The easiest ballast water definition is the water aboard the ship that helps manage the weight of the ship. The ballast water might be fresh or saltwater found in the ballast tanks and cargo holds of ships. Ballast water has multiple uses on the ship. When the ships are empty or carrying light cargo, the ballast water is used to provide the required stability during a trip. In the situation where the ship experiences turbulence in the seas, the ballast water serves to provide the needed maneuverability and stability to help the ship weather the rough seas. Ballast water can also be used to provide additional weight to the ship to sink it low so it can pass under bridges and other structures.
HOW BALLAST WATER GETS ONTO THE SHIP?
The practice of adding ballast water in ships is as old as the ships themselves. Ballast water carries the weight of about 30% to 50% of the total cargo the ship is supposed to carry. This means the ballast water ranges from one hundred gallons to over 2.5 million gallons depending on the ship’s size.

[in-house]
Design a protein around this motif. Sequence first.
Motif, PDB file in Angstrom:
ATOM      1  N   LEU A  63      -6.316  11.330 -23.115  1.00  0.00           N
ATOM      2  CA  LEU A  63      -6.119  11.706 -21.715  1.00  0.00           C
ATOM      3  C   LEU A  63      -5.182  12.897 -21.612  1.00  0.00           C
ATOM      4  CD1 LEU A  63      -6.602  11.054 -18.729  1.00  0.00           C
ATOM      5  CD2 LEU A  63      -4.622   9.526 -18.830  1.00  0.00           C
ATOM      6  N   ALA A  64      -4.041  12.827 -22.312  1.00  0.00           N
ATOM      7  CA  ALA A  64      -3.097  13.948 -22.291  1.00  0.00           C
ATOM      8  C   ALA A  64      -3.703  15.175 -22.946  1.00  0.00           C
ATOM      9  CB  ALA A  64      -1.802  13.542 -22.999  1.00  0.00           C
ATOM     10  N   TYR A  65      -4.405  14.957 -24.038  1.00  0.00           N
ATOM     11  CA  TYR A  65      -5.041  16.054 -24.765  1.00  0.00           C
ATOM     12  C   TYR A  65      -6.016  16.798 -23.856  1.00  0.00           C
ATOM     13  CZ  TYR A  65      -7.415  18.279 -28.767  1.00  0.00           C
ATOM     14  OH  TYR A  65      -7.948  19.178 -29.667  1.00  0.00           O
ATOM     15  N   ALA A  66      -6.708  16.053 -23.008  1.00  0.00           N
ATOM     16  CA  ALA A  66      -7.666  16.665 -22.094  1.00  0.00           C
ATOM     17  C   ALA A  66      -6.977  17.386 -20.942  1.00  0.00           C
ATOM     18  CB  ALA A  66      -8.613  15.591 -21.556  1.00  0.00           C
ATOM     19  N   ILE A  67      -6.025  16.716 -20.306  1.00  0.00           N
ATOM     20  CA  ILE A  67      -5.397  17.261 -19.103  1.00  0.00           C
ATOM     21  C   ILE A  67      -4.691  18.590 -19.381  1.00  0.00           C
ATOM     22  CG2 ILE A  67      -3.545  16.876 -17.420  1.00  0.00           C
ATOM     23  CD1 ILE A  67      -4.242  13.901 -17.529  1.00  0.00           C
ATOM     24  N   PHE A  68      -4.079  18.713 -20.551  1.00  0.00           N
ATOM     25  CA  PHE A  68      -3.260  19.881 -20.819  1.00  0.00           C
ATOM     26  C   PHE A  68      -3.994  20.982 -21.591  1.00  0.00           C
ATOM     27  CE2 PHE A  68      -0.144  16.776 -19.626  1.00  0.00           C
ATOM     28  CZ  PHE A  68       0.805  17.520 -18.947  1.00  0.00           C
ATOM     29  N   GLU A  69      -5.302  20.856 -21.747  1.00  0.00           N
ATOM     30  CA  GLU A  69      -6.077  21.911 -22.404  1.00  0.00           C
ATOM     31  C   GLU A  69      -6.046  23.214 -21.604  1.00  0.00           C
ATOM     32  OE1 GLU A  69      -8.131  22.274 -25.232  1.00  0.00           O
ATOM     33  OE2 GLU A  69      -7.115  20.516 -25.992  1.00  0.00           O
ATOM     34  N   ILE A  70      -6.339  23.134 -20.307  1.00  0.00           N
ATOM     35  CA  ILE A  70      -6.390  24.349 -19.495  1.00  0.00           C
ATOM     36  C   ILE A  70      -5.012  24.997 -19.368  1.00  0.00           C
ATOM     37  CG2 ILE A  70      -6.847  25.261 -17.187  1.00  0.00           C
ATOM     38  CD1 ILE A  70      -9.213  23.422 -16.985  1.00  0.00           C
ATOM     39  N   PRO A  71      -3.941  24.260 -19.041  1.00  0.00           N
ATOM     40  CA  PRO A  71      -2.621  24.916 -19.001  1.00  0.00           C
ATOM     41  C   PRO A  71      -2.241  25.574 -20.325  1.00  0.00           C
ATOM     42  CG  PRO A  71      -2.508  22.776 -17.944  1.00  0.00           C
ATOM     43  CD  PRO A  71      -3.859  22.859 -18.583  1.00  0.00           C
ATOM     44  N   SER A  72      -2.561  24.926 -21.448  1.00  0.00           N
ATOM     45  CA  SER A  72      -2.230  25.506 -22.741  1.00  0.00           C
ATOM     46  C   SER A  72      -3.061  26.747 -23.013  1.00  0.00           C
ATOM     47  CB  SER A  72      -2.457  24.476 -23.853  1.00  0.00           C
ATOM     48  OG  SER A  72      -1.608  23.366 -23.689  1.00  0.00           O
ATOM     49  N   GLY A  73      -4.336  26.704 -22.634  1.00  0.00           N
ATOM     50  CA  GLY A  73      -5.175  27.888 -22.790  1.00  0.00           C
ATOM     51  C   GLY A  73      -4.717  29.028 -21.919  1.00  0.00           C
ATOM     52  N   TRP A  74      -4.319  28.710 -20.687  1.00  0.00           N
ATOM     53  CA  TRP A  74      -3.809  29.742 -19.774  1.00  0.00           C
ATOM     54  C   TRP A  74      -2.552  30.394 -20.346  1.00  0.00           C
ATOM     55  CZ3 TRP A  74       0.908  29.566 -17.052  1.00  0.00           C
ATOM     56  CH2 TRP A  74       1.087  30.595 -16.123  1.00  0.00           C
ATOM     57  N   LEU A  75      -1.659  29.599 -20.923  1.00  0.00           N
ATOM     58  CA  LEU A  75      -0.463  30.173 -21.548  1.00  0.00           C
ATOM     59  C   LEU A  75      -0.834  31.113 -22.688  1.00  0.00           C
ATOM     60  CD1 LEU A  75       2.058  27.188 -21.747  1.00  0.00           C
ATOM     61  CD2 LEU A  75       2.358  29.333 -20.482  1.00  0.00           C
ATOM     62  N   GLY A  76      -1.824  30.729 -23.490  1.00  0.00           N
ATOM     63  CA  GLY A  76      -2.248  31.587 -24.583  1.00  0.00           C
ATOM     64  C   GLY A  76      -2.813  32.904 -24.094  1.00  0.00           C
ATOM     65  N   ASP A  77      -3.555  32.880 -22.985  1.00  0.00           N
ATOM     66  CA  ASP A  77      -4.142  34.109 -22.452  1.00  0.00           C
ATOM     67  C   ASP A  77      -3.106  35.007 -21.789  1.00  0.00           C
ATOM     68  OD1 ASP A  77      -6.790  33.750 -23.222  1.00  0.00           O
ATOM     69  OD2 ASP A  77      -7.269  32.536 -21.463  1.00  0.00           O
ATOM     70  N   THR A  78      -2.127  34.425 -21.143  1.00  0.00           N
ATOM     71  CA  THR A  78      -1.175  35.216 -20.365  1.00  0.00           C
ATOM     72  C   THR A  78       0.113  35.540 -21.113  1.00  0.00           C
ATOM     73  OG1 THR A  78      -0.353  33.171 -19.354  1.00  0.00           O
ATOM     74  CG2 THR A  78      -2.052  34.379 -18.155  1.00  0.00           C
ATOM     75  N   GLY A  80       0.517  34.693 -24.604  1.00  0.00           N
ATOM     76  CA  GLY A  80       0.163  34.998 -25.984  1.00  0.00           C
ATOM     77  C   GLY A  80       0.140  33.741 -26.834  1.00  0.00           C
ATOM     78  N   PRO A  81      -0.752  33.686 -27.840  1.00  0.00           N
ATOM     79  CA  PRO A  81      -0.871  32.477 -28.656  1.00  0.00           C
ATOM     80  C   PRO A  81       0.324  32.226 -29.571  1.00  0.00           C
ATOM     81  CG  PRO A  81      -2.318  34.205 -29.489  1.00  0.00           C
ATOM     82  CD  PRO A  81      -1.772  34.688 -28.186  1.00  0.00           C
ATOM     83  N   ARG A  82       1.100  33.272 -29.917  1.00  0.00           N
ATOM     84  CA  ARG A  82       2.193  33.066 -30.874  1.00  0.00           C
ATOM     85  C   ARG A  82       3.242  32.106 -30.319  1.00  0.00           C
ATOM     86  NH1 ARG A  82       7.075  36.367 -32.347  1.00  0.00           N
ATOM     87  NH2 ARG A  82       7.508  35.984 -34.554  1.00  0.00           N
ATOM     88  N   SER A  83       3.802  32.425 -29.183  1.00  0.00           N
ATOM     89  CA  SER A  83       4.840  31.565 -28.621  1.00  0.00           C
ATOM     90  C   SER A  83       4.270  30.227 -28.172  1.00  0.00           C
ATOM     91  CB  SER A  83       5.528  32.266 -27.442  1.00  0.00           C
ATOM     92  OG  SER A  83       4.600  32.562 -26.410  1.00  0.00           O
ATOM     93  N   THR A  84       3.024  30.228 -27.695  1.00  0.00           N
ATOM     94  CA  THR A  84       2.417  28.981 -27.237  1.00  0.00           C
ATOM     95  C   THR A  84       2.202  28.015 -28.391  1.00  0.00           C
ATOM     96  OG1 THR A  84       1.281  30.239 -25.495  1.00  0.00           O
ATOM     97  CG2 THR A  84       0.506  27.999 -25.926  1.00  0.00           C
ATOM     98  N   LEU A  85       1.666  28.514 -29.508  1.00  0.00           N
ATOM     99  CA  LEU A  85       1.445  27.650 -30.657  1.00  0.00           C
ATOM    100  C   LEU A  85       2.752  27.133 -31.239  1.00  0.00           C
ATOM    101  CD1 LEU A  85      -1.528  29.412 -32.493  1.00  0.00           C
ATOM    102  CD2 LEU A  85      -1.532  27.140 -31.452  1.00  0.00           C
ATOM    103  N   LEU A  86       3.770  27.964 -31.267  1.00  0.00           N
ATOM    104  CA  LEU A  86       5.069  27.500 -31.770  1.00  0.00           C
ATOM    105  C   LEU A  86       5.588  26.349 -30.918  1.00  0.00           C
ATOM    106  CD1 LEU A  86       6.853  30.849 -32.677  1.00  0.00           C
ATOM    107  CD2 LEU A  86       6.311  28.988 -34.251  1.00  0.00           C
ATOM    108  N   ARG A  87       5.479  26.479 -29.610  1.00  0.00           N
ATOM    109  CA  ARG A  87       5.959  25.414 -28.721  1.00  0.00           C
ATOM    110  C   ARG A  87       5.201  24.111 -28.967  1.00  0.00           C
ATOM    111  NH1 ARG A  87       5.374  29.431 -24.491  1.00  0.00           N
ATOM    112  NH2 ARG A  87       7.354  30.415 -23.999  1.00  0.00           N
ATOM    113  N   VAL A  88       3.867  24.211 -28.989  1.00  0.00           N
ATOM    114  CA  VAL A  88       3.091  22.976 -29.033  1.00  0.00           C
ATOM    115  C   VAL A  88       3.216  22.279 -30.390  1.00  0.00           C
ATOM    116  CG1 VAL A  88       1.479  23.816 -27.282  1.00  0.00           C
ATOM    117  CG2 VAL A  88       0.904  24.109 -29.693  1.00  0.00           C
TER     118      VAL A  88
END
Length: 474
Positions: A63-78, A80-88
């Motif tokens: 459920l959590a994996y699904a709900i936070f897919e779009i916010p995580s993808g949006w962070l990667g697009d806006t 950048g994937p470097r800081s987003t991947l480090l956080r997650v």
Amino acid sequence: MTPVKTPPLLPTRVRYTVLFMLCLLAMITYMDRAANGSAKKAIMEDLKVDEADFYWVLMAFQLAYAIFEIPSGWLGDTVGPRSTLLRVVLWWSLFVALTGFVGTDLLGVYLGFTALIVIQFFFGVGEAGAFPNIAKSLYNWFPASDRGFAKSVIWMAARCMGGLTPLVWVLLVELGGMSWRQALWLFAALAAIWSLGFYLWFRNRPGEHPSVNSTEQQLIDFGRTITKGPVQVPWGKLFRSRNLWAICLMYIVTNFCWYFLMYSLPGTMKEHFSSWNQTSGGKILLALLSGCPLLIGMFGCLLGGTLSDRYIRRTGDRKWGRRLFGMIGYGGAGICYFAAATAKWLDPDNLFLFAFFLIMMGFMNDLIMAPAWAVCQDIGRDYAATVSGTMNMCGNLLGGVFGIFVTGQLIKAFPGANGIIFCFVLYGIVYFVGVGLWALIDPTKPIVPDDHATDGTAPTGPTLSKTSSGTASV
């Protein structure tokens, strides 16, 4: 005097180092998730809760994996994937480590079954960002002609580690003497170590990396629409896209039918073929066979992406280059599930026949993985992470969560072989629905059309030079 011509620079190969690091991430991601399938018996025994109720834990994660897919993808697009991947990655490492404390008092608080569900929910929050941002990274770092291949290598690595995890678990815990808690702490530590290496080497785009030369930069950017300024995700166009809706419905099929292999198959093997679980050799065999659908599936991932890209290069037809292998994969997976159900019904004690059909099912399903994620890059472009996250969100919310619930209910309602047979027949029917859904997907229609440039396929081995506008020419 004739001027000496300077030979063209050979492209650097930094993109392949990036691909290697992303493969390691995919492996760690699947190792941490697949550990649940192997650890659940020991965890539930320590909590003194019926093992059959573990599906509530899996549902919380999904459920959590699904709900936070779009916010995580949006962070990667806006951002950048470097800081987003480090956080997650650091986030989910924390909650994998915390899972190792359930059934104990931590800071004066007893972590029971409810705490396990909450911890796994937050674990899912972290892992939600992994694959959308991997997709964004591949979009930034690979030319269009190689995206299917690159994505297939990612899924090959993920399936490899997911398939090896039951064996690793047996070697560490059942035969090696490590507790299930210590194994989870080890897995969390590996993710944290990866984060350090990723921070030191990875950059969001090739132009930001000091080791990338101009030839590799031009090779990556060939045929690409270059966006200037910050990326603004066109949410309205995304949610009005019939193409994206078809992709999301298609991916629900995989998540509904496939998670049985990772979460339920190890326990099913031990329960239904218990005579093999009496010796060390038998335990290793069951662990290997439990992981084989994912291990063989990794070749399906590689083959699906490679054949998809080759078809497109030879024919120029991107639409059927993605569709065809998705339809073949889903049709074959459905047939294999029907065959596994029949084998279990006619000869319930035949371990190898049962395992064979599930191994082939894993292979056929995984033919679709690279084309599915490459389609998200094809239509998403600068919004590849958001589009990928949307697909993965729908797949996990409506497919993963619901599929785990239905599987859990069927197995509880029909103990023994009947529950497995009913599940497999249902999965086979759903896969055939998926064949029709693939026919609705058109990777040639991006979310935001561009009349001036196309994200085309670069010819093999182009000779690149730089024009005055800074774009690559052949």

When the ship at the port is preparing for departure with little or no cargo, ballast water is introduced to the ballast tanks. The ballast water remains in the ballast tank until the ship reaches its next point of contact. Then at the next port, the ballast water in the ballast tank is released and another batch is added. If the ship is receiving or removing cargo at every port, ballast water will be reduced or added accordingly. For the most part, the ballast water in the ballast tank is the addition of water from several ports. When the ballast water is poured into the sea at the port, several non-native organisms are released into the port of discharge. The non-native organisms that are introduced are called exotic species, alien species, or non-indigenous species.